Shell Chemicals’ wetland restoration project in Washington County was a success and will continue to be monitored for ongoing results.
Shell was obligated to restore the land impacted by construction in order to obtain the permit necessary to build its $6 billion ethane cracker plant in Potter Township. The company found upon completion of the plant that the construction impacted 13,179 linear feet of streams and 3.62 acres of wetlands in Beaver County. In order to reconcile those impacts, Shell agreed to rehabilitate and monitor 17,673 linear feet of streams and 6.42 acres of wetland in Washington County. The actual work was completed by First Pennsylvania Resource but Shell paid for and oversaw aspects of the project.
A Shell spokesperson, Jose Minnitte, commented on the project’s accomplishments stating, “The project is currently meeting over 95 percent of the performance standards and is progressing amazingly well as it develops into a self-sustaining ecosystem.”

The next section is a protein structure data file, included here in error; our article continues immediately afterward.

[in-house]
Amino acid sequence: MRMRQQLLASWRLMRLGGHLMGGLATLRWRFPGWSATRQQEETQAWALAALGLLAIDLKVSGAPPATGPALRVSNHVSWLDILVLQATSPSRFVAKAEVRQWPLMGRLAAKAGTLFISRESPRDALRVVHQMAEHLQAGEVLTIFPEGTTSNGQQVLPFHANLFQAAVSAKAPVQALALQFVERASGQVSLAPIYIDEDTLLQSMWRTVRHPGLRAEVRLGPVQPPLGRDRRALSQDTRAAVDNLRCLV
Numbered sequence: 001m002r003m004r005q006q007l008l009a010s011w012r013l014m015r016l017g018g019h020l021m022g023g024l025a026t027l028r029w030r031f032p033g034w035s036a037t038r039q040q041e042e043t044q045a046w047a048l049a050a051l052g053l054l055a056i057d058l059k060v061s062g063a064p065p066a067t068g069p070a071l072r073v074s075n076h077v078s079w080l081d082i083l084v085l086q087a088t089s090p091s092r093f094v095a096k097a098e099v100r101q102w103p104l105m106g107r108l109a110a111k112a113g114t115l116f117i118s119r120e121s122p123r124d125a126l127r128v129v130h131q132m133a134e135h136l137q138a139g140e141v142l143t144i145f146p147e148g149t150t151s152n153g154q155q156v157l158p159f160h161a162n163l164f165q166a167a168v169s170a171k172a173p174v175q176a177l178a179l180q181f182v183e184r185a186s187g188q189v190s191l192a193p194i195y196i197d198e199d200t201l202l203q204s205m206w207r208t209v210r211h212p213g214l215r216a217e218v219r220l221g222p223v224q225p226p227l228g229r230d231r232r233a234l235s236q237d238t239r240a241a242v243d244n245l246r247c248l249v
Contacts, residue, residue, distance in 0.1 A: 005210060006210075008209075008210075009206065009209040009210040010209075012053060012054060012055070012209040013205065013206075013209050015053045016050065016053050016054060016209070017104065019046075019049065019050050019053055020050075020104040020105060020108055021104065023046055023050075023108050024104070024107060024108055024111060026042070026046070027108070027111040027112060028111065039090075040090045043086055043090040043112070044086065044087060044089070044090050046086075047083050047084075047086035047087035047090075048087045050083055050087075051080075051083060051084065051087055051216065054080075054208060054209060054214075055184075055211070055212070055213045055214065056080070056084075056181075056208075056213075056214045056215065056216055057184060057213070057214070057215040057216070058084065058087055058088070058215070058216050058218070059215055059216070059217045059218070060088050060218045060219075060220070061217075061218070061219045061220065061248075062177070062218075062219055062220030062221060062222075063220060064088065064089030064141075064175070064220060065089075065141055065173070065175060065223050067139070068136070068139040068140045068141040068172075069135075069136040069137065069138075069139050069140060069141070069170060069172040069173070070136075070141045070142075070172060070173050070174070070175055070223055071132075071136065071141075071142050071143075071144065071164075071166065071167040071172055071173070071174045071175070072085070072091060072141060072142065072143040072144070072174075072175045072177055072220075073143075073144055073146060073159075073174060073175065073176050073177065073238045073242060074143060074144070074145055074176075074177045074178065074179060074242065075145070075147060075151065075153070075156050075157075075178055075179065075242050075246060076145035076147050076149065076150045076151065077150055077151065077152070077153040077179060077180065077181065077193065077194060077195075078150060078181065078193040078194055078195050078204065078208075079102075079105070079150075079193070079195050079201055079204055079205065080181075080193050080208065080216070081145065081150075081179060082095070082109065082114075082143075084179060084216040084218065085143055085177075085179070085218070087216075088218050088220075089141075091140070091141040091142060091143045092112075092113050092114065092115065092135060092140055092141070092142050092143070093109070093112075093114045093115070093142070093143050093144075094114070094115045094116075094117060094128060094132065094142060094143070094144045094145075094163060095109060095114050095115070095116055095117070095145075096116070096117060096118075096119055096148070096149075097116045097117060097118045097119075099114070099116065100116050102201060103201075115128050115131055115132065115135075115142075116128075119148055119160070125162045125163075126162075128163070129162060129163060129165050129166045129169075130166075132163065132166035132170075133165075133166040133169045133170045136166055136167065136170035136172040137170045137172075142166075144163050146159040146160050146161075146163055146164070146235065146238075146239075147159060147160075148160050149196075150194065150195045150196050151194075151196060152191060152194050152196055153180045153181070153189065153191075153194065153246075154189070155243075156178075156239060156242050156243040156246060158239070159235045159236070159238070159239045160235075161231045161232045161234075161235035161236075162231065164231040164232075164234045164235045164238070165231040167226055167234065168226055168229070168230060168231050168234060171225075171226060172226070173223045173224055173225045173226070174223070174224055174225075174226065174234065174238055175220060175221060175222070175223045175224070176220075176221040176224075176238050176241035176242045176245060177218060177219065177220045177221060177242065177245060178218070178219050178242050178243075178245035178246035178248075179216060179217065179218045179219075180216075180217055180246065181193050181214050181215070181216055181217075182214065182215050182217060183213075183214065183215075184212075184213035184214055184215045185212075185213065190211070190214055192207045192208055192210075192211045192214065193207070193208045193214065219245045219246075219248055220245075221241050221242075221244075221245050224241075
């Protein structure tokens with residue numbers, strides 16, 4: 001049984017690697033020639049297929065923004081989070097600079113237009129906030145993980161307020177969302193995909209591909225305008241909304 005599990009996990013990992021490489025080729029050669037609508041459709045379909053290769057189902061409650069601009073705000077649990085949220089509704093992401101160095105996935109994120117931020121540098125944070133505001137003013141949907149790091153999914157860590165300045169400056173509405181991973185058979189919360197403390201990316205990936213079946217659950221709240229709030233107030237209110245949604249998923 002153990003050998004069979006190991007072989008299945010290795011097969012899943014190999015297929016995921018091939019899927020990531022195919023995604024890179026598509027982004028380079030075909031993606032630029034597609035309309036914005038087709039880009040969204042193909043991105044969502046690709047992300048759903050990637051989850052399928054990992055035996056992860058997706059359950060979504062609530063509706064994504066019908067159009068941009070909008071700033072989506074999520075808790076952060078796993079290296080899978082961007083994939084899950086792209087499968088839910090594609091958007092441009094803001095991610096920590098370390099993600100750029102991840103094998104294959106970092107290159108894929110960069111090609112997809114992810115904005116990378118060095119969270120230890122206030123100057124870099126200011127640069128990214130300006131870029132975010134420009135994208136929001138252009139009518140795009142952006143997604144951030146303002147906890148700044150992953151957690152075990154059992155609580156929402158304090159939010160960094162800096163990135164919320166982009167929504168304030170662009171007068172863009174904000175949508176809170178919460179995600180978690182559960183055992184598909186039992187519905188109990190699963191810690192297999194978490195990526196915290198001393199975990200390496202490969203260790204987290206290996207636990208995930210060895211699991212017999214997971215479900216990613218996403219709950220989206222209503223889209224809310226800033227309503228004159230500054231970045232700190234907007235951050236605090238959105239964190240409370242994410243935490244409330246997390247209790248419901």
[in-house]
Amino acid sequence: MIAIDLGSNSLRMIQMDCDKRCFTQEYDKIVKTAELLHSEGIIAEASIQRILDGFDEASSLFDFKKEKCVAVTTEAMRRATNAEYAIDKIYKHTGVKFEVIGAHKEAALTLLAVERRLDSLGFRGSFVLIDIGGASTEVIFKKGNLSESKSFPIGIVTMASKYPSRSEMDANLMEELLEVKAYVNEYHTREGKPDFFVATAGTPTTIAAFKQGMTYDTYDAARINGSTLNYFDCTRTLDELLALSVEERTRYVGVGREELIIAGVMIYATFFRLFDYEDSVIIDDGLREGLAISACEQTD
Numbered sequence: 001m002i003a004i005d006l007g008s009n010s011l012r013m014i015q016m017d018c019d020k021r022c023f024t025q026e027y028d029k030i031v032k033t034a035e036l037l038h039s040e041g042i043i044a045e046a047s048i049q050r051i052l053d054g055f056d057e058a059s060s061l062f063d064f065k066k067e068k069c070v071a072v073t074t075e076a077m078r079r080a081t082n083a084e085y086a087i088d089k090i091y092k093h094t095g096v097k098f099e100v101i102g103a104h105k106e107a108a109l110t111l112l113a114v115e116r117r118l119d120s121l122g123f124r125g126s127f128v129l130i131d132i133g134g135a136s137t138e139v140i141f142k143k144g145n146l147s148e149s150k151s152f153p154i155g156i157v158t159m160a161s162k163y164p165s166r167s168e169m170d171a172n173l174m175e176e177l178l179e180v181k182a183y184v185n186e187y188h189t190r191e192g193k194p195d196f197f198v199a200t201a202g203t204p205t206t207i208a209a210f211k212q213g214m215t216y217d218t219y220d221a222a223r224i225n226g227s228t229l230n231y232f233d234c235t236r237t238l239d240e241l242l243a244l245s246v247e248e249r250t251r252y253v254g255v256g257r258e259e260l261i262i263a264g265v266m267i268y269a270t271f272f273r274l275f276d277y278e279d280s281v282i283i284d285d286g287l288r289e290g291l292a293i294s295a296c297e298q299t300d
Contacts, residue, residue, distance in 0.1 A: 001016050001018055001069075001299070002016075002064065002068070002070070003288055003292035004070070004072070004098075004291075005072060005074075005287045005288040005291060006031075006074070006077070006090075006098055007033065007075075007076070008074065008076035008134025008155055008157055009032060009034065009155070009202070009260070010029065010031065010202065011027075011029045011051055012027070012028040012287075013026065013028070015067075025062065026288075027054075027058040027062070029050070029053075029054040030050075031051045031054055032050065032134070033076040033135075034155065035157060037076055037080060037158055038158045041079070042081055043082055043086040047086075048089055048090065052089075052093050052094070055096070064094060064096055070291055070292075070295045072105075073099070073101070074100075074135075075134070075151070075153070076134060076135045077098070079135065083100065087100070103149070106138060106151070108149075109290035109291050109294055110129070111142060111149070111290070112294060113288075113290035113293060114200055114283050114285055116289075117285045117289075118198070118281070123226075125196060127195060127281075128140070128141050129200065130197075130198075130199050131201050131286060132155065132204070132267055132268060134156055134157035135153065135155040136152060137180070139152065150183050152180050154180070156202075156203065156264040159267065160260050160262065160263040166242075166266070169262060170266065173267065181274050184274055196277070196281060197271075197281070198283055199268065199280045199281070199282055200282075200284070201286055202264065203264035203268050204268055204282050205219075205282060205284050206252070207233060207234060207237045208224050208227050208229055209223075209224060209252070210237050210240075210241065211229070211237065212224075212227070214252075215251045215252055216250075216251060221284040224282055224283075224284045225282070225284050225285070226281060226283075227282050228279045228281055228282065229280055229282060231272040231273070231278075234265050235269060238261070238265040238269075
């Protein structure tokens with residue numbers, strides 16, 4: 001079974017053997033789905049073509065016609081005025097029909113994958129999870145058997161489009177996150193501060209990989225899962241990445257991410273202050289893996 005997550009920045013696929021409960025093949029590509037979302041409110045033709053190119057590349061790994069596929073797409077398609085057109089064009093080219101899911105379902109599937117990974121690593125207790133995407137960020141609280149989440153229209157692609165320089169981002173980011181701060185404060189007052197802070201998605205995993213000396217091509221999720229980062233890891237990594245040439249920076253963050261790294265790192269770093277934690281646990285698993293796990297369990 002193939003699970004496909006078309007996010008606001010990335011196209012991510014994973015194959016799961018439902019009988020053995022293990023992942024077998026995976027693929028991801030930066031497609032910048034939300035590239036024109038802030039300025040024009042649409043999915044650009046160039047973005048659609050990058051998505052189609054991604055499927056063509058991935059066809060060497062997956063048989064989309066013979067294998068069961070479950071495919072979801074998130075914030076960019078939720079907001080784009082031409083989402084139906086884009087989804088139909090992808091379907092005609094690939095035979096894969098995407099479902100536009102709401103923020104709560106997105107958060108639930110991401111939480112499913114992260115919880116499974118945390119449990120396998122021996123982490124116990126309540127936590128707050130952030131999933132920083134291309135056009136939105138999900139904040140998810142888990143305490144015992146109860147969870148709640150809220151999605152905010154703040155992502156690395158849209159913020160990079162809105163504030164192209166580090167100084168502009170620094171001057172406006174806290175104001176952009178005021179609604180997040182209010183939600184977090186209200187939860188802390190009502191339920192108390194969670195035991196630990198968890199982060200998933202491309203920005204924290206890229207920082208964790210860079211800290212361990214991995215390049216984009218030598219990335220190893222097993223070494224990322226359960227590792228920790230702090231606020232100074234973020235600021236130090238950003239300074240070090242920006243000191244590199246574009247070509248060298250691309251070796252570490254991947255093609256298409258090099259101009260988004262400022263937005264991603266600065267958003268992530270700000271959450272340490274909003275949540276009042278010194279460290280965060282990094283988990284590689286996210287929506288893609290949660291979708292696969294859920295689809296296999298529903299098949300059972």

The success of rehabilitating these lands demonstrates how energy companies are willing to cooperate with the Department of Environmental Protection and other regulatory bodies to ensure their projects do not have a negative impact on the surrounding community. Their commitment to ongoing monitoring for the next decade also shows their dedication to the environment and the remediation’s success.
Shell’s success comes as the state DEP is reviewing their permit application for the Falcon pipeline project. If they receive those permits, they will be required again to remediate wetlands to offset any impacts.